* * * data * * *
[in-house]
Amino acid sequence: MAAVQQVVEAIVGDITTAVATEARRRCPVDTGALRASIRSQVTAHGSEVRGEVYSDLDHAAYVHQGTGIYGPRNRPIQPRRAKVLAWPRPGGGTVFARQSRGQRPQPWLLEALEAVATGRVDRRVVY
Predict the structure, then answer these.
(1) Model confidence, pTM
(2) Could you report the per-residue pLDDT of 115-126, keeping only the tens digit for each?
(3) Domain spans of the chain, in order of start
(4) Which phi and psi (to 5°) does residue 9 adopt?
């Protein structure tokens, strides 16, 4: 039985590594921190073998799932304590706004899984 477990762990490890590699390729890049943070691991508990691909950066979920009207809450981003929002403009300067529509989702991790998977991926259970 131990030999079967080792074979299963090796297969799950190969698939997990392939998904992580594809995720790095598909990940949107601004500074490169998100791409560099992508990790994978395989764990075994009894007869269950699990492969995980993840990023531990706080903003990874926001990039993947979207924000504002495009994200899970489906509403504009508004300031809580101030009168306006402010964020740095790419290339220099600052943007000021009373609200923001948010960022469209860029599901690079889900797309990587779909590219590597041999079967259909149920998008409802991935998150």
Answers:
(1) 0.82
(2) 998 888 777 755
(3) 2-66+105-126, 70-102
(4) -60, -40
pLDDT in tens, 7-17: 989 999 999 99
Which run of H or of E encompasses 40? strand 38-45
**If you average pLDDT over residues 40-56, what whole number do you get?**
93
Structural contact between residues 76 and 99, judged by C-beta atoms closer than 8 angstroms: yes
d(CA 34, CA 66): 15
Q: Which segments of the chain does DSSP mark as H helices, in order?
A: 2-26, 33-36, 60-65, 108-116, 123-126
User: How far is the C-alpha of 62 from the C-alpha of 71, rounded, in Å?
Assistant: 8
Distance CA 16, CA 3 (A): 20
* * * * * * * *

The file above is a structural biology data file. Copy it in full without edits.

[in-house]
Amino acid sequence: MAAVQQVVEAIVGDITTAVATEARRRCPVDTGALRASIRSQVTAHGSEVRGEVYSDLDHAAYVHQGTGIYGPRNRPIQPRRAKVLAWPRPGGGTVFARQSRGQRPQPWLLEALEAVATGRVDRRVVY
Predict the structure, then answer these.
(1) Model confidence, pTM
(2) Could you report the per-residue pLDDT of 115-126, keeping only the tens digit for each?
(3) Domain spans of the chain, in order of start
(4) Which phi and psi (to 5°) does residue 9 adopt?
């Protein structure tokens, strides 16, 4: 039985590594921190073998799932304590706004899984 477990762990490890590699390729890049943070691991508990691909950066979920009207809450981003929002403009300067529509989702991790998977991926259970 131990030999079967080792074979299963090796297969799950190969698939997990392939998904992580594809995720790095598909990940949107601004500074490169998100791409560099992508990790994978395989764990075994009894007869269950699990492969995980993840990023531990706080903003990874926001990039993947979207924000504002495009994200899970489906509403504009508004300031809580101030009168306006402010964020740095790419290339220099600052943007000021009373609200923001948010960022469209860029599901690079889900797309990587779909590219590597041999079967259909149920998008409802991935998150």
Answers:
(1) 0.82
(2) 998 888 777 755
(3) 2-66+105-126, 70-102
(4) -60, -40
pLDDT in tens, 7-17: 989 999 999 99
Which run of H or of E encompasses 40? strand 38-45
**If you average pLDDT over residues 40-56, what whole number do you get?**
93
Structural contact between residues 76 and 99, judged by C-beta atoms closer than 8 angstroms: yes
d(CA 34, CA 66): 15
Q: Which segments of the chain does DSSP mark as H helices, in order?
A: 2-26, 33-36, 60-65, 108-116, 123-126
User: How far is the C-alpha of 62 from the C-alpha of 71, rounded, in Å?
Assistant: 8
Distance CA 16, CA 3 (A): 20